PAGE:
1988 - it is always a bit unfair to compare wines as good as these, but either would overwhelm any of the other vintages, so I elected to taste them against each other. In fact while we tried many of the pairings at the beginning of the courses, together, we most often drank one wine, then moved on to the next, as this method allows the best opportunity to savour the merits of each wine. The 1988 had a rich nose, and was forward and ready, sweet in the mouth, with great length. One to drink while waiting for the 85 to develop.
Served with Tournedos Rossini on scalloped potatoes.
1995 - I elected to serve the last 3 vintages from the 90s together with cheese, which included the often dreaded Vacherin de Mont d'Or, this one at a perfect stage of ripeness, and therefor approachable with pleasure. Dark, with a sweet oak/cassis/anise nose. An unusually sweet entry followed by a well structured forward and drinkable wine with quite a few years of potential ageing ahead.
1996 - a similar sweet profile, bright, with the most tannins of the three, and with the nicest nose, I thought. I have a concern about the level of fruit in proportion to tannin, but trust that it will all sort out in a few years.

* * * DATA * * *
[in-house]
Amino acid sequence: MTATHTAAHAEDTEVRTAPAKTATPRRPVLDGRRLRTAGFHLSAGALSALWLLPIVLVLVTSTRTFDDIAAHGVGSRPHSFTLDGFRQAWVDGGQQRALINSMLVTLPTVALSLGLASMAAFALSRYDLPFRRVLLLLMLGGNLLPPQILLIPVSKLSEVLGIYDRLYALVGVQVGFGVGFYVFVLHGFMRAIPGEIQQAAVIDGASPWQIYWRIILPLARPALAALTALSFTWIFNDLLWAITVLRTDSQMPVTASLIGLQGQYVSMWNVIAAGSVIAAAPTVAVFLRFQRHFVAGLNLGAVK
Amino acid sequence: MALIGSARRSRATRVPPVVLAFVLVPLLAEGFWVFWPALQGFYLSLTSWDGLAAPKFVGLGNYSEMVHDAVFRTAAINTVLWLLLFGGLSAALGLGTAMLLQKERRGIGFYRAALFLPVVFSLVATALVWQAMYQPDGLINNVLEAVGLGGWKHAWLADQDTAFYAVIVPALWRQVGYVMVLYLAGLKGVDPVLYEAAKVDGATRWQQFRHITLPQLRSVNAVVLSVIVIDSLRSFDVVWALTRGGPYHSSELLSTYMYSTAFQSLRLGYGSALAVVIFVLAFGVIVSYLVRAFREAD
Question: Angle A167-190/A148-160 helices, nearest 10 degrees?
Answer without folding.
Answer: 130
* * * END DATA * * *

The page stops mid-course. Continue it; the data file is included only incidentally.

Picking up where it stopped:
1997 - a good nose in the same style, a bit more terminal acidity, good structure and fruit, but not as fresh as the 1995.
While we could see the family resemblance of this trio to the previous wines, they did seem to be cut from a different template, more fruit and sweeter, and the tannins not as tight as the others were at that age. This is nothing new - many areas went through a revolution in winemaking at the end of the 80s and beginning of the 90s, and added to this is the fact that Tachis, who made all of the other wines, was replaced by a new winemaker for these vintages. It will take a taster with either more experience, or a better crystal ball than I possess to predict whether these wines will fit easily into the traditional Sassicaia lineage, or if they represent a departure in a new direction for the winery.
At the end of the event there was demand made to repeat this tasting again in another 5-7 years. Some of the older wines would by then be beyond their drinking plateau, but new vintages could be added to extend the vertical forward, and perhaps the correct place for the 90s wines could then be more accurately assessed. I had five people from the original 1997 event at this tasting. Maybe we should get together again in 2008 or so to repeat the experience.